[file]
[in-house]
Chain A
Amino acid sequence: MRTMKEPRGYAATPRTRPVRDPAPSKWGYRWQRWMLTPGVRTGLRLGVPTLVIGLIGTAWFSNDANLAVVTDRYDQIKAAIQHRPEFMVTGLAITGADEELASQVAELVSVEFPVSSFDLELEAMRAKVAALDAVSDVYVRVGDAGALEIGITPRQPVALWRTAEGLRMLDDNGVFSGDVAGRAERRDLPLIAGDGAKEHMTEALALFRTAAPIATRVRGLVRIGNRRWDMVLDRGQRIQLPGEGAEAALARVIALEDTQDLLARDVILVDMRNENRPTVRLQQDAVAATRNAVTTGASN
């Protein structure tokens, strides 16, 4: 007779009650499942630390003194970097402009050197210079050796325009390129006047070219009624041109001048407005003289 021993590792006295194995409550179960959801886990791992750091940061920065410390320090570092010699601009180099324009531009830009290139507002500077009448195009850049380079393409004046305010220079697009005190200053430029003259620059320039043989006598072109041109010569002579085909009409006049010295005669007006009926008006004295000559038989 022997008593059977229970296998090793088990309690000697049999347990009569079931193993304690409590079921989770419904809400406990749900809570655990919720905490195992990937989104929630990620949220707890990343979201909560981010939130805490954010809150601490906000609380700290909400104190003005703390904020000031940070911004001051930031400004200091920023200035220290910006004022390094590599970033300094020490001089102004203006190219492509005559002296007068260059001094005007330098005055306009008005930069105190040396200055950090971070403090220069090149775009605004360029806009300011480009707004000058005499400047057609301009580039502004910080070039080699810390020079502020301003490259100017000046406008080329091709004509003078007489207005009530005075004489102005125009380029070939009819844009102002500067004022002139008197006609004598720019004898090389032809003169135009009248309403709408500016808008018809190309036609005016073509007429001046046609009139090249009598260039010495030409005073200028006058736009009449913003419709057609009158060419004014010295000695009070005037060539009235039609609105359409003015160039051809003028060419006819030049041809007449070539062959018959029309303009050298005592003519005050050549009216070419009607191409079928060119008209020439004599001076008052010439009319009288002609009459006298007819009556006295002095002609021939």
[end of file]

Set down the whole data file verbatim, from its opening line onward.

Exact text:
[in-house]
Chain A
Amino acid sequence: MRTMKEPRGYAATPRTRPVRDPAPSKWGYRWQRWMLTPGVRTGLRLGVPTLVIGLIGTAWFSNDANLAVVTDRYDQIKAAIQHRPEFMVTGLAITGADEELASQVAELVSVEFPVSSFDLELEAMRAKVAALDAVSDVYVRVGDAGALEIGITPRQPVALWRTAEGLRMLDDNGVFSGDVAGRAERRDLPLIAGDGAKEHMTEALALFRTAAPIATRVRGLVRIGNRRWDMVLDRGQRIQLPGEGAEAALARVIALEDTQDLLARDVILVDMRNENRPTVRLQQDAVAATRNAVTTGASN
């Protein structure tokens, strides 16, 4: 007779009650499942630390003194970097402009050197210079050796325009390129006047070219009624041109001048407005003289 021993590792006295194995409550179960959801886990791992750091940061920065410390320090570092010699601009180099324009531009830009290139507002500077009448195009850049380079393409004046305010220079697009005190200053430029003259620059320039043989006598072109041109010569002579085909009409006049010295005669007006009926008006004295000559038989 022997008593059977229970296998090793088990309690000697049999347990009569079931193993304690409590079921989770419904809400406990749900809570655990919720905490195992990937989104929630990620949220707890990343979201909560981010939130805490954010809150601490906000609380700290909400104190003005703390904020000031940070911004001051930031400004200091920023200035220290910006004022390094590599970033300094020490001089102004203006190219492509005559002296007068260059001094005007330098005055306009008005930069105190040396200055950090971070403090220069090149775009605004360029806009300011480009707004000058005499400047057609301009580039502004910080070039080699810390020079502020301003490259100017000046406008080329091709004509003078007489207005009530005075004489102005125009380029070939009819844009102002500067004022002139008197006609004598720019004898090389032809003169135009009248309403709408500016808008018809190309036609005016073509007429001046046609009139090249009598260039010495030409005073200028006058736009009449913003419709057609009158060419004014010295000695009070005037060539009235039609609105359409003015160039051809003028060419006819030049041809007449070539062959018959029309303009050298005592003519005050050549009216070419009607191409079928060119008209020439004599001076008052010439009319009288002609009459006298007819009556006295002095002609021939």